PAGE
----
Feinstein: US Now in a Cold War With Russia

Monday, 21 Jul 2014 06:37 AM

By Greg Richter

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Senate Intelligence Committee Chairwoman Dianne Feinstein called on Russian President Vladimir Putin to "man up" and admit his country's role in the downing of Malaysia Airlines Flight MH17.

"Where is Putin?" Feinstein said Sunday on CNN's "State of the Union," agreeing later that U.S.-Russia relations are now at Cold War levels.

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Putin should tell whether the shootdown of the plane by Russian-aligned separatists in eastern Ukraine was a mistake, she explained. The United States has said there is clear evidence the rebels shot down the plane, likely mistaking it for a Ukrainian military cargo plane.

But on Monday, Putin ignored that advice.

“Nobody should and no one has the right to use this tragedy to achieve selfish political aims,” Putin said in a video posted on the Kremlin’s website after a series of phone calls yesterday with world leaders about the crash. “Such events should unite, not divide people.”

Russia’s relations with the rest of the world are deteriorating four months after his annexation of Ukraine’s Crimea region sparked Europe’s biggest geopolitical crisis since the end of the Cold War.

The bodies of 251 people and 66 parts of human remains have been recovered and brought to refrigerated train wagons in Torez as of Monday, according to Ukraine’s state emergency service website. Rebels continue to prevent the departure of the train, Ukrainian Prime Minister Arseniy Yatsenyuk told reporters today in Kiev. The plane was shot down on July 17 killing all 298 passengers and crew.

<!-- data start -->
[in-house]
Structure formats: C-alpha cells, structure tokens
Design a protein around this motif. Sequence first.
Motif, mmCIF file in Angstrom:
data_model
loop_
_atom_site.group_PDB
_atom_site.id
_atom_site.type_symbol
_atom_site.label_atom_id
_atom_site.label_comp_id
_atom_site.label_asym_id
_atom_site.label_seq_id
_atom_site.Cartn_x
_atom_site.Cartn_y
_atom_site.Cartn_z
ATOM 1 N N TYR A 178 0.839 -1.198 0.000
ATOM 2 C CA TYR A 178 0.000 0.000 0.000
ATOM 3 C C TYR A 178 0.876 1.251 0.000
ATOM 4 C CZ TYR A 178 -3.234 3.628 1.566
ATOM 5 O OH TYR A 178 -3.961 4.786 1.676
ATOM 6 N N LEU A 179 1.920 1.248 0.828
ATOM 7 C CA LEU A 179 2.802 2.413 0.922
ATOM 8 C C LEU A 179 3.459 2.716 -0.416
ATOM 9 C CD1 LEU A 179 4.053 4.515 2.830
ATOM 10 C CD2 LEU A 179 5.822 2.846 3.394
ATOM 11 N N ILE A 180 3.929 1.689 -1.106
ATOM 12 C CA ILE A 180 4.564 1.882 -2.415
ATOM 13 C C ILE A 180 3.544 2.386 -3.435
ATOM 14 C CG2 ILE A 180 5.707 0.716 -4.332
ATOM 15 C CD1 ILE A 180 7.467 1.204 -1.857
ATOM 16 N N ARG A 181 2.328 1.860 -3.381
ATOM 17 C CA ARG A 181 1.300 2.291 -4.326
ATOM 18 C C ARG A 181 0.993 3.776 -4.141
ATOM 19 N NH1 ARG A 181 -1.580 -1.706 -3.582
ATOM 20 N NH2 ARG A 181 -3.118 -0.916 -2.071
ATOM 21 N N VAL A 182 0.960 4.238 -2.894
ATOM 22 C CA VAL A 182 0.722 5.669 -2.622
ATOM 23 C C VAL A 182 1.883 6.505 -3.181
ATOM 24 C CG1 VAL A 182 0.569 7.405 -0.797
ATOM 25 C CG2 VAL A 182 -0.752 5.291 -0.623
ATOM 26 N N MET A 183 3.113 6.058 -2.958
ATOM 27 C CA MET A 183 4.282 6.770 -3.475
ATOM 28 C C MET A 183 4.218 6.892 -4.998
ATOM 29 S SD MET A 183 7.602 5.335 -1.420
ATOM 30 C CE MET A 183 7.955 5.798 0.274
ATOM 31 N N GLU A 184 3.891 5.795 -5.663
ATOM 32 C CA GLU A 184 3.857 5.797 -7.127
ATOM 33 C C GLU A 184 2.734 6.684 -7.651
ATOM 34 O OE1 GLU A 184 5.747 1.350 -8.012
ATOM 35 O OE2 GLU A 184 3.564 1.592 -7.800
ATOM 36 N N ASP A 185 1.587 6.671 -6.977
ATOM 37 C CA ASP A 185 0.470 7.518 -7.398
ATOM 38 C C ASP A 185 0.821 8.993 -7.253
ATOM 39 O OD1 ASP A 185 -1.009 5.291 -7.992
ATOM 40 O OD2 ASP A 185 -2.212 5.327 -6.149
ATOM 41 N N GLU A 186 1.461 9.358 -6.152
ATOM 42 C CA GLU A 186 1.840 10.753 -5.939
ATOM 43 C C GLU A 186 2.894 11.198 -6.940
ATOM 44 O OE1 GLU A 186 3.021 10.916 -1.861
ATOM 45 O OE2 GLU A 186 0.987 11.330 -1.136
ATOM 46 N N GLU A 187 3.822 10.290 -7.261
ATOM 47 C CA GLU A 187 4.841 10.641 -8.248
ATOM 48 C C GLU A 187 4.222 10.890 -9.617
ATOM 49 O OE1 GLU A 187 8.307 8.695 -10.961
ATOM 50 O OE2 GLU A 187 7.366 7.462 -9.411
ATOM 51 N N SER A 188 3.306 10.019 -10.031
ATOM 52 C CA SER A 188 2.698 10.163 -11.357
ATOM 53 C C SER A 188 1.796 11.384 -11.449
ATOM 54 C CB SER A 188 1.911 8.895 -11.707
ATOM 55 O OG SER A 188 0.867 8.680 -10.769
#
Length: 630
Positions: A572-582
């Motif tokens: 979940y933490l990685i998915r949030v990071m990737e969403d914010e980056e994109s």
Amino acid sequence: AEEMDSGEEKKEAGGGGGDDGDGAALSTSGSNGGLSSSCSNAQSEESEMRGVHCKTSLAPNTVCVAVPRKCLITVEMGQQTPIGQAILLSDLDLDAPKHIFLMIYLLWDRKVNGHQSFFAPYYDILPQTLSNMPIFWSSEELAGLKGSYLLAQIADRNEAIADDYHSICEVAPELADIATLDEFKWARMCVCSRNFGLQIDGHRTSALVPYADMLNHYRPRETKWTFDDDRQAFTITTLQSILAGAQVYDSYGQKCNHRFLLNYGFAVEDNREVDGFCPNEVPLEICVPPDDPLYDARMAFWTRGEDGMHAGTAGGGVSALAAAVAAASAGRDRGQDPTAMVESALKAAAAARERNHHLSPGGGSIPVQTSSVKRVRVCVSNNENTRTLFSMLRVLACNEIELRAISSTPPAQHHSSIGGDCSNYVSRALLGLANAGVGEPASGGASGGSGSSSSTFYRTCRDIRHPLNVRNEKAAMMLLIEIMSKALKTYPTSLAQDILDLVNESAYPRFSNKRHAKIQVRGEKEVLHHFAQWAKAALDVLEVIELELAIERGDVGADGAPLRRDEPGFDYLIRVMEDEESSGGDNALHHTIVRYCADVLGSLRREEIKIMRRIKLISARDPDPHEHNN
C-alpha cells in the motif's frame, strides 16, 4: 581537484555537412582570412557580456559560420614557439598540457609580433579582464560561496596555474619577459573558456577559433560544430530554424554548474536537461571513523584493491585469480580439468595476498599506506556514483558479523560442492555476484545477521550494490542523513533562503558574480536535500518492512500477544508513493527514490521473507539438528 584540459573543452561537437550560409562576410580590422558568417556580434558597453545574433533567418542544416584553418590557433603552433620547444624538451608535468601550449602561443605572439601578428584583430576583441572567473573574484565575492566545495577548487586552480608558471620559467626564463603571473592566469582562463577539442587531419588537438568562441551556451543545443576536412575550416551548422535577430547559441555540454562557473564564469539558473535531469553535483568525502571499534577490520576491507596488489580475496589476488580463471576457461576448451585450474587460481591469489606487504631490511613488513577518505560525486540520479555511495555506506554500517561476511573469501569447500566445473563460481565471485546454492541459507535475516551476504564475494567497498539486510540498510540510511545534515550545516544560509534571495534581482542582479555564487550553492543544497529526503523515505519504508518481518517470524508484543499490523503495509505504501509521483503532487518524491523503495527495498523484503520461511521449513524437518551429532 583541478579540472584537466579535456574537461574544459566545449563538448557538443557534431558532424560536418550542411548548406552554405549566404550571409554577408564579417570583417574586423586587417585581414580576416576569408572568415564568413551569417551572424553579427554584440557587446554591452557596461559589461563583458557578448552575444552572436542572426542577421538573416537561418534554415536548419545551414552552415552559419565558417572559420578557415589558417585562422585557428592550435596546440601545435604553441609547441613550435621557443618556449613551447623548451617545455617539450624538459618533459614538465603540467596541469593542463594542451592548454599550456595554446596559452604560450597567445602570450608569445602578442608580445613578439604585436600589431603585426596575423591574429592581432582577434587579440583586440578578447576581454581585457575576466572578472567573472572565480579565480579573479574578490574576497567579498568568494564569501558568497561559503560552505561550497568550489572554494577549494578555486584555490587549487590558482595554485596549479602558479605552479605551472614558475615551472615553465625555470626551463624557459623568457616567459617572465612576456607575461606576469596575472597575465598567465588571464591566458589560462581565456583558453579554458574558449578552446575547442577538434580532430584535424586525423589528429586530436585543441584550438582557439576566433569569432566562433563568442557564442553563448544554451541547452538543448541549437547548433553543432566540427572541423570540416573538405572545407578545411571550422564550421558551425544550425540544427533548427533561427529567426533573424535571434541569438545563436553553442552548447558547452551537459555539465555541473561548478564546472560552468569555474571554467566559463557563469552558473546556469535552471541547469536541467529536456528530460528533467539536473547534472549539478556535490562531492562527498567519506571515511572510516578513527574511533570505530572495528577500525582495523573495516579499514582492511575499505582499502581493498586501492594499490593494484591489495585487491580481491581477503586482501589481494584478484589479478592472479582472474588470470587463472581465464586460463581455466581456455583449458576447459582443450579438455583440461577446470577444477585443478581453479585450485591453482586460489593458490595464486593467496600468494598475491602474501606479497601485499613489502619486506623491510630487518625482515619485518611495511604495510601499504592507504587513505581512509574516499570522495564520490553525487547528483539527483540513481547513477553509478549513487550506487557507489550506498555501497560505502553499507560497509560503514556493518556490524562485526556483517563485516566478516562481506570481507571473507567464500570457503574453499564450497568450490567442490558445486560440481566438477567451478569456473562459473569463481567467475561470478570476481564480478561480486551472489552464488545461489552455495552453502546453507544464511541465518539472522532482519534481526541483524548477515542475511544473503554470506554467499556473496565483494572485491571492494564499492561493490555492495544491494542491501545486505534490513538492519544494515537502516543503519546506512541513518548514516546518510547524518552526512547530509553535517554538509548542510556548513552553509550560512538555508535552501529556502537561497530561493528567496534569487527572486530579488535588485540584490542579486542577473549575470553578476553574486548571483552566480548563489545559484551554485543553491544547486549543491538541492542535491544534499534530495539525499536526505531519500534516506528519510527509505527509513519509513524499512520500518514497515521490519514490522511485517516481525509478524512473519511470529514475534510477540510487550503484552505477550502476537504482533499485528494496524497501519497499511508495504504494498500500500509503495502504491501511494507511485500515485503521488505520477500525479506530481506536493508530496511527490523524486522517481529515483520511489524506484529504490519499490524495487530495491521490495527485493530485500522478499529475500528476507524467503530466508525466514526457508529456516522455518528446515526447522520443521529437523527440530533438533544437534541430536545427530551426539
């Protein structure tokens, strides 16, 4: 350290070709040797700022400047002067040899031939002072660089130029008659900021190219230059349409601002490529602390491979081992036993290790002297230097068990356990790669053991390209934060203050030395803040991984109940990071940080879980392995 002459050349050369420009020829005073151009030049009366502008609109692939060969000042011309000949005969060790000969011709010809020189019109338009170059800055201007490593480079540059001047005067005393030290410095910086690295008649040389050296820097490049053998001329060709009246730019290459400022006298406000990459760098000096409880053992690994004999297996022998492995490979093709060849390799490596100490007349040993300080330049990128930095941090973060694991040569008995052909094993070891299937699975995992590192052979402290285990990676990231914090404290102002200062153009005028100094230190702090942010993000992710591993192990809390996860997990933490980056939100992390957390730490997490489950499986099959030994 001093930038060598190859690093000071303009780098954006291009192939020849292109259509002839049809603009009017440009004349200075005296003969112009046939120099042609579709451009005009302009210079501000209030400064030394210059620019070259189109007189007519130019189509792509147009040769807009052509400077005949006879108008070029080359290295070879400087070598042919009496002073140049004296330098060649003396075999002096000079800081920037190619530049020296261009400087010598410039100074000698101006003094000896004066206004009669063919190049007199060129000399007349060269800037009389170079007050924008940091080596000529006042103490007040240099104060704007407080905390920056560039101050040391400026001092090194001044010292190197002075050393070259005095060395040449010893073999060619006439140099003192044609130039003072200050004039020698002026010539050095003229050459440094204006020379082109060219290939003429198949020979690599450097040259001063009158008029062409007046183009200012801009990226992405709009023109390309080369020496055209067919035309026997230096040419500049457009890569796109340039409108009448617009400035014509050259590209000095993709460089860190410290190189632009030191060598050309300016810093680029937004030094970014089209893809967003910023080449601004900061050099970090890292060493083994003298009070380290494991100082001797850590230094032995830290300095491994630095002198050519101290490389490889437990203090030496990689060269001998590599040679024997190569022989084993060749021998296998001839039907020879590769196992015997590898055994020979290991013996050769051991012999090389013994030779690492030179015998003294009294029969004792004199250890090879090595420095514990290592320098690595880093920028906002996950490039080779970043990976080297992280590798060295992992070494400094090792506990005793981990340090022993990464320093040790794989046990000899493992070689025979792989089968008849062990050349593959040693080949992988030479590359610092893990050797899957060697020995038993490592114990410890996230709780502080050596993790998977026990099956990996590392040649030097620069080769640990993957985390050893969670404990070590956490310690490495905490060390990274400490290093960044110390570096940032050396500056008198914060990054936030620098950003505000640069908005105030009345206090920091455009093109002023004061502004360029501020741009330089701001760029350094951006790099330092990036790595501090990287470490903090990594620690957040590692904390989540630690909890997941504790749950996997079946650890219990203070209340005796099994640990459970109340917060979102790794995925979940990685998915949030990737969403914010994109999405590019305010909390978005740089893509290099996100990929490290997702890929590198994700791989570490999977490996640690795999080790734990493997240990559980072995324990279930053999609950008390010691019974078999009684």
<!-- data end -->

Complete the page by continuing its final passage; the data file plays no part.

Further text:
Putin again blamed the downing of the plane on the Ukraine conflict and said that international investigators should have full access to the wreckage. Russia will “do everything it can” to seek a negotiated settlement of the Ukraine conflict, he said.

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Story continues below video.



Even if it was a mistake, Feinstein said, "it's a horrendous mistake to make. It points out the futility of what's happening in the Ukraine, because there will be repercussions from this."

Host Candy Crowley pointed out that the United States keeps adding more and more sanctions on Russia over its role in Ukraine, and Putin continues to ignore them.

With the shooting of the plane and the deaths of 298 civilians from Europe and other countries, Putin may be in too deep, Crowley said, asking why would he "man up" now?

"I think the world has to rise up and say, we've had enough of this," Feinstein responded, saying that Europe has to come together, led by Germany, to impose further sanctions.

Feinstein said she opposes Republican calls to arm the Ukrainians, as they have been requesting for months, because she thinks the shooting shows that neither side needs to be in possession of such weapons.

"I'm opposed to giving this kind of equipment to anybody," she said.

At the end of the interview, Crowley posed a final  question to Feinstein, saying she had time only for a yes-or-no answer: "Do you believe the U.S.-Russia relations are now at Cold War levels?"

"Yes," Feinstein responded with a firm nod.